The SPRINT team were recently lucky enough to visit the Saint Emilion region of Bordeaux, France, where we learnt about how winegrowers here are prioritising the environment through mandatory certification.

Since February 2023, growers who wish to use the reputable ‘Saint Emilion’ name on their wine have to take part in a certification process which proves that they are meeting certain environmental standards. This system is tiered, with growers able to pick which accreditations they would like to follow. Once they either reach level 2 or become fully organic, they are then able to use the prestigious name, thus making their wine more attractive to customers.

In addition, there are 6 pillars involved in the Saint-Emilion environmental approach, each of which affect, or are affected by, pesticides:

  1. Soil biodiversity
  2. Biocontrol
  3. Living landscapes
  4. Water use and quality
  5. Climate change
  6. Human intervention

Read more about the vines of Saint-Emilion here.

EFSA Glyphosate

Glyphosate’s approval for use in the EU is set to expire at the end of the year. EFSA has conducted a review of an assessment by four member states – France, Hungary, the Netherlands and Sweden - of the risks proposed by 23 uses of glyphosate.  They found no health or environmental concerns that affects “all proposed uses of the active substance” and concluded that glyphosate presents ‘no critical area of concern’ that would prevent renewing its approval. A concern is defined as critical when it affects all proposed uses of the active substance under evaluation (e.g. pre-sowing uses, post-harvest uses etc.),

However, the review did identify “a high long-term risk to mammals” in 12 of the proposed uses of glyphosate, but was not able to draw “firm conclusions” on the potential impact on biodiversity, citing a “lack of harmonised methodologies and agreed specific protection goals”.  It also identified a number of data gaps in the assessment of consumer dietary risk and the impact on aquatic plants due to a lack of information on how they are exposed to glyphosate from spray drift.  These data gaps are to be considered by the European Commission and Member States in the next stage of the renewal of approval process.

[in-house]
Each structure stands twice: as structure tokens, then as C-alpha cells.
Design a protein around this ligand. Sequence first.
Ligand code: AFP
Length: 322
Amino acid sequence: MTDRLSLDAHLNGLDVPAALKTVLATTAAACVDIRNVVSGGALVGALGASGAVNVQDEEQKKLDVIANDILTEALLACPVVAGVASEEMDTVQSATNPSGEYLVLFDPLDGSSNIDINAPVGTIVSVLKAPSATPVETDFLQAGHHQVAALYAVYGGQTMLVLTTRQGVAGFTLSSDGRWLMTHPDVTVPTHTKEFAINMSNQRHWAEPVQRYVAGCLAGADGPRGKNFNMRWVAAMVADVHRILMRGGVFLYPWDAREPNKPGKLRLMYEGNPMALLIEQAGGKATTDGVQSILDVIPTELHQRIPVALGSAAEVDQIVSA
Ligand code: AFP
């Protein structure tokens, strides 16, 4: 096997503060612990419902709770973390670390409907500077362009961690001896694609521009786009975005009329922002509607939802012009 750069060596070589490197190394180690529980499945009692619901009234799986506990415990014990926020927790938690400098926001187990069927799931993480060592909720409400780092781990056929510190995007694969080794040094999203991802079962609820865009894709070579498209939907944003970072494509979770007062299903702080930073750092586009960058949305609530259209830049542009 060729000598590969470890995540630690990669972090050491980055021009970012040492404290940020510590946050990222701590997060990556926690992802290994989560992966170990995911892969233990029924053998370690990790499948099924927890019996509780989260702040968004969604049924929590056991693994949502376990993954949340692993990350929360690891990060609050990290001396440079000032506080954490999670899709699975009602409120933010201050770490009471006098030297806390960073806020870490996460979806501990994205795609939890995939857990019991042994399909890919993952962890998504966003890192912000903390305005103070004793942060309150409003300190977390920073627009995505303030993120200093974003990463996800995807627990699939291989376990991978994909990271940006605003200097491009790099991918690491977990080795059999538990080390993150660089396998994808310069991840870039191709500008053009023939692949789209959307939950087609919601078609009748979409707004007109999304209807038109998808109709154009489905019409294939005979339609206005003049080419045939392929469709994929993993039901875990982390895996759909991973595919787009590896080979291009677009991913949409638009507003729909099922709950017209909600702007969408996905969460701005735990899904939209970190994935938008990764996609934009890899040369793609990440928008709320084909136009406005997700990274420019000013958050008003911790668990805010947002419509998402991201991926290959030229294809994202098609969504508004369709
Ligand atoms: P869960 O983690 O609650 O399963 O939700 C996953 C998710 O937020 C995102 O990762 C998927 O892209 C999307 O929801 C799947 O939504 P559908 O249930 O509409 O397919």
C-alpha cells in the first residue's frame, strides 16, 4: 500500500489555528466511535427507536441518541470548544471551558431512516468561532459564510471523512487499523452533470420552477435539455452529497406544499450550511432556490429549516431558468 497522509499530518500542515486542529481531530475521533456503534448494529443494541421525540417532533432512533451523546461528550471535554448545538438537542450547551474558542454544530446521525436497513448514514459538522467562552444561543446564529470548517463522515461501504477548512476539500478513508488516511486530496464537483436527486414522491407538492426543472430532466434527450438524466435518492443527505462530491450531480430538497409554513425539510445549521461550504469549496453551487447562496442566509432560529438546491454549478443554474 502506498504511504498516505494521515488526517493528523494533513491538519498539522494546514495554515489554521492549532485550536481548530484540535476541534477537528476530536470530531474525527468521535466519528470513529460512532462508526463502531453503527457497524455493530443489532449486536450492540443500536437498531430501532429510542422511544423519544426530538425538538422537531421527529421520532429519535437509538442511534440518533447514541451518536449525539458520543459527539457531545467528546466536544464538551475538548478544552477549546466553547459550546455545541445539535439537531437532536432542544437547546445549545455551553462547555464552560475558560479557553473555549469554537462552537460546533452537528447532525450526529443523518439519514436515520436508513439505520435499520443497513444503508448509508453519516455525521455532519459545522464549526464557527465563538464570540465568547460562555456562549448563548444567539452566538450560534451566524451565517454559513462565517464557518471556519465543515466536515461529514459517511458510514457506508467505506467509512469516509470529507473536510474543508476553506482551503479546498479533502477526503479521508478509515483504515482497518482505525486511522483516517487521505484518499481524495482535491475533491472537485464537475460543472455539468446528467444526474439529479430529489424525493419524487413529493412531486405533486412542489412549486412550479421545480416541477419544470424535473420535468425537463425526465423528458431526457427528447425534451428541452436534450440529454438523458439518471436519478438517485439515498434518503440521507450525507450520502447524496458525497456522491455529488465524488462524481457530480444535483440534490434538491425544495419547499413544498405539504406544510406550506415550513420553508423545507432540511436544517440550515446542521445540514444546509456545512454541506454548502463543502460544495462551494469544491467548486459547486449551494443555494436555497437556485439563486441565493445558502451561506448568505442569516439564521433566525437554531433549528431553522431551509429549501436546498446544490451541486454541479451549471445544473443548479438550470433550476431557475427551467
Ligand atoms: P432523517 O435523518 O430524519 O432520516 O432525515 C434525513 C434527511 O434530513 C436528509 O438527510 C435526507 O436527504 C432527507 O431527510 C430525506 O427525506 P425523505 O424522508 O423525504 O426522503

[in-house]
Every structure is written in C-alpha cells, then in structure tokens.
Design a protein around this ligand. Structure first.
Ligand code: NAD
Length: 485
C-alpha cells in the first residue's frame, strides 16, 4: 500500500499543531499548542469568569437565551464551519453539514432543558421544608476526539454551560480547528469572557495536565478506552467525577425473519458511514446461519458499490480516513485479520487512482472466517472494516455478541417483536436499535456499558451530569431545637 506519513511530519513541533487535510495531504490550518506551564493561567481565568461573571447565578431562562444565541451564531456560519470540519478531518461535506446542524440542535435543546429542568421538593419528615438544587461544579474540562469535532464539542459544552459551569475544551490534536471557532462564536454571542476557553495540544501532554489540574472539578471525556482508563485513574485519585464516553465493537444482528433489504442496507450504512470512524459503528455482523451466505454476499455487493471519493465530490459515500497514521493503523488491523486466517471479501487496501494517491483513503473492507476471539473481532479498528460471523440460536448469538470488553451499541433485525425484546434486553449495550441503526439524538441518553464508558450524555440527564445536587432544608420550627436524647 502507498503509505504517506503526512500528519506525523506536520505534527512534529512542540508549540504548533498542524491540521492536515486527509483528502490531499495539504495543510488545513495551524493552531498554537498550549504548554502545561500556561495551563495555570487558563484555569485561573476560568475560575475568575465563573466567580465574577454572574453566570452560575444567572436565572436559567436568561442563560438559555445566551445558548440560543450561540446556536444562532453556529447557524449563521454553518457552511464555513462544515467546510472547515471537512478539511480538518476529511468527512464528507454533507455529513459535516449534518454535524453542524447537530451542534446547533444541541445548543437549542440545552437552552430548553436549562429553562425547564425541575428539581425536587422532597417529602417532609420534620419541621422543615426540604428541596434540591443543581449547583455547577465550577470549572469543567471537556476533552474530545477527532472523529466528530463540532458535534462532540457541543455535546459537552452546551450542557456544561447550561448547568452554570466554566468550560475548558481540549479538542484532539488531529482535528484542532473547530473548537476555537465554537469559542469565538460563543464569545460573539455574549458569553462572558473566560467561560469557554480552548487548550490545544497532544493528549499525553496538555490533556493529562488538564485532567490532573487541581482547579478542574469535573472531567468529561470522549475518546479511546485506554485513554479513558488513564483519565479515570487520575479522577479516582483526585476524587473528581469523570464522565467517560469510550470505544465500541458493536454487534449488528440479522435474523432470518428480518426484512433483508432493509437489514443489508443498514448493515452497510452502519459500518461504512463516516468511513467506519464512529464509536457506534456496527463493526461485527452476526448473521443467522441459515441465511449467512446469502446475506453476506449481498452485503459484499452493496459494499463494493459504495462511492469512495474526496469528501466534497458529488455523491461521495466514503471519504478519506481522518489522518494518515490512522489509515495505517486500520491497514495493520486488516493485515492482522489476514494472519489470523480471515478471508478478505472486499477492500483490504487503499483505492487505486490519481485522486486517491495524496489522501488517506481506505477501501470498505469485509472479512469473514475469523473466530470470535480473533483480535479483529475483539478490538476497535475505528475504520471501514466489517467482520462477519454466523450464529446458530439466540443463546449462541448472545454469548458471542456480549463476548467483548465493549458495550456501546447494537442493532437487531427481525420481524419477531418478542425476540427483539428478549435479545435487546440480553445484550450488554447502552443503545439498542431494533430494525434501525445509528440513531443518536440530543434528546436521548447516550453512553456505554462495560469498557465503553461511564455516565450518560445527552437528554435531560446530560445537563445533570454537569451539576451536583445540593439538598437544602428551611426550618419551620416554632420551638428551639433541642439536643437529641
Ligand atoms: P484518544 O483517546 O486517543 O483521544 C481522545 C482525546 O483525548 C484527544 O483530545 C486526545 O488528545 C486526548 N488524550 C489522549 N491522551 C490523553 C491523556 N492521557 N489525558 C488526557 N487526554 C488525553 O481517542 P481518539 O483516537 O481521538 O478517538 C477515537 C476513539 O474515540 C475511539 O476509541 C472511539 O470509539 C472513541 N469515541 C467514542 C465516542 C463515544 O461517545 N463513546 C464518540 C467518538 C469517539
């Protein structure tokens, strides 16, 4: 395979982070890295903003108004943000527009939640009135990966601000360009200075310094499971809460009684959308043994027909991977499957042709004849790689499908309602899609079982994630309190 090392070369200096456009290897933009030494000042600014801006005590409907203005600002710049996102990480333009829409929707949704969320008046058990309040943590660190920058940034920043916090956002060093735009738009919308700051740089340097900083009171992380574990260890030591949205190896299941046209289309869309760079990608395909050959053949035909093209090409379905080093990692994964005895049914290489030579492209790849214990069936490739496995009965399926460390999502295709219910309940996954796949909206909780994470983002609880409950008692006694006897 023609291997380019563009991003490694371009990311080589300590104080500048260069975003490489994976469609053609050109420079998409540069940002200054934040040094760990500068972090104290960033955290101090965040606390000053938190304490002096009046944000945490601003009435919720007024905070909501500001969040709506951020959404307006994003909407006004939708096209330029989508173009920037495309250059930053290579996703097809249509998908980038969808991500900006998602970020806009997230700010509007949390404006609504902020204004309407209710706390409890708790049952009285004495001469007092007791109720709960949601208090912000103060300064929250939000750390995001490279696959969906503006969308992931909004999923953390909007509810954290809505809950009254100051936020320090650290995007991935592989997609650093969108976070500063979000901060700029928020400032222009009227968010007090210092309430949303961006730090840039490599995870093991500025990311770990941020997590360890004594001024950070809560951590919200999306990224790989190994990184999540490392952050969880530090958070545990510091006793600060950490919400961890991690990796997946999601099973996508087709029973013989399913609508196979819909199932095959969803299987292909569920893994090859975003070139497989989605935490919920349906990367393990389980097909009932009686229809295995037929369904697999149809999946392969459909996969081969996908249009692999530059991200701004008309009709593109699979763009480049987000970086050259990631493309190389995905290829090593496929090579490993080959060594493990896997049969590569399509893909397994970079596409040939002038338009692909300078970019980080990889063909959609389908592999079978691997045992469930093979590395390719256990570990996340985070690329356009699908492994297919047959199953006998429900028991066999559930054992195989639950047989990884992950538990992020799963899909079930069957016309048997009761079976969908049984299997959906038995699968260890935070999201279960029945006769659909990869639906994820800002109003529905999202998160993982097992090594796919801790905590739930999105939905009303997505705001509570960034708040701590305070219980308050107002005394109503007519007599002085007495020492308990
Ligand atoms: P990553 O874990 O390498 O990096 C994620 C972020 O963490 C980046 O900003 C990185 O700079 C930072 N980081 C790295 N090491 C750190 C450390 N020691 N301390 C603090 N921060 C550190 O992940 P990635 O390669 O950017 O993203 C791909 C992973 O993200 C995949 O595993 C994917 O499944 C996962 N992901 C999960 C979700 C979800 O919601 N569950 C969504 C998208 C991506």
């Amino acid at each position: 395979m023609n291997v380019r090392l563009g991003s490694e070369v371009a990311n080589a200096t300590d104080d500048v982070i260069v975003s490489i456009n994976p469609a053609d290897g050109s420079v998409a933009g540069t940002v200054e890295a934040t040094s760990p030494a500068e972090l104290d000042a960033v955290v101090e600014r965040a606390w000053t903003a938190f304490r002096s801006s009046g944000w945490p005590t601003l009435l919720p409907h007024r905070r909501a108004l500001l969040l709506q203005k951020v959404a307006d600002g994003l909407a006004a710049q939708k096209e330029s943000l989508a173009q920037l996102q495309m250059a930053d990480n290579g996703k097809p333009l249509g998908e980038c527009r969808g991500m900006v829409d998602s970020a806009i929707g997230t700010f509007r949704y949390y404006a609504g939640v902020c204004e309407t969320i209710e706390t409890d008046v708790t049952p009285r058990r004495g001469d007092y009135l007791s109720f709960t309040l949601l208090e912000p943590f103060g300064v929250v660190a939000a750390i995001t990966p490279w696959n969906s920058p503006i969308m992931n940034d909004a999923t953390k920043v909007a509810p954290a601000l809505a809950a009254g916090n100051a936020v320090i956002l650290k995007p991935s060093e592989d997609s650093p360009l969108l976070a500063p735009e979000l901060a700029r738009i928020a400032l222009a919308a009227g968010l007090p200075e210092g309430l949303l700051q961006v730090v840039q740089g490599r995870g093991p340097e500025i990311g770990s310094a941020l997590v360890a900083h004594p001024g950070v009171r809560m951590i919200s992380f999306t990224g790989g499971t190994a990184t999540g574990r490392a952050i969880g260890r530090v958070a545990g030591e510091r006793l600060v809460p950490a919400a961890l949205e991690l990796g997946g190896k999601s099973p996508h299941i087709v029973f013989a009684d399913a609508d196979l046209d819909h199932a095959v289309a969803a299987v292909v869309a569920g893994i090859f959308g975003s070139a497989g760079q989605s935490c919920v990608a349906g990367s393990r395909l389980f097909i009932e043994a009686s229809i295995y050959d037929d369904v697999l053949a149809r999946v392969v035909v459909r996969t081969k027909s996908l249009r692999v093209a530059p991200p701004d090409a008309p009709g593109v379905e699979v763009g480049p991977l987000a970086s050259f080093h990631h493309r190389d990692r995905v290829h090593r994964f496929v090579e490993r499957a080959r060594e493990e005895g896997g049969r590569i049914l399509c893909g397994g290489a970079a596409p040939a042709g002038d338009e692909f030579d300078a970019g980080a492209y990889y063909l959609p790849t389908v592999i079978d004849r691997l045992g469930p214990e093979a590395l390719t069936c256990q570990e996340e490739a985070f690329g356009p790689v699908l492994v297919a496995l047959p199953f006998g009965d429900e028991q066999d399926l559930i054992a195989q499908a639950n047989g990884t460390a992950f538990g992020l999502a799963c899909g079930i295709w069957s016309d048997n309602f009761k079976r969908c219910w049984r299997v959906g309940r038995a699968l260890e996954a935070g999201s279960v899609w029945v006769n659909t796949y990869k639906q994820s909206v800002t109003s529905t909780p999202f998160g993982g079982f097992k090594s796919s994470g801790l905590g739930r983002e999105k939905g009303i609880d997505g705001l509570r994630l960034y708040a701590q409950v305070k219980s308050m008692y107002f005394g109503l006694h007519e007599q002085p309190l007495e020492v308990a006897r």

The full assessment document will be published at the end of July 2023.  The summary findings can be found here.


Integrated Pest Management (IPM) is an ecosystems-based approach to managing pests. It emphasises reducing the negative impacts of pest management on agro-ecosystems, through using natural pest control (such as supporting a healthy ladybird population, which helps control aphids), improving crop resilience, and minimising the use of pesticides.

Over recent years, the term has been adopted by a broad range of agricultural stakeholders, all supporting its principles. But what actually is IPM, where did it come from, and what is its significance for the SPRINT project?

Click here to find out more. 

Hot on the heels of a batch of recently published work from SPRINT, we have our 5th newsletter out now. We have an exciting period ahead with our first results emerging, so subscribe by signing up to project news on the homepage to get new editions in your inbox and make sure you don't miss a thing. 

Sprint newsletter 5 release

In consultation with our partners in France, we will host the 2023 meeting in Bordeaux! For everyone involved in SPRINT as a consortium member: Save the date: 4-8 Sept. 2023! 

Save the date 4th plenary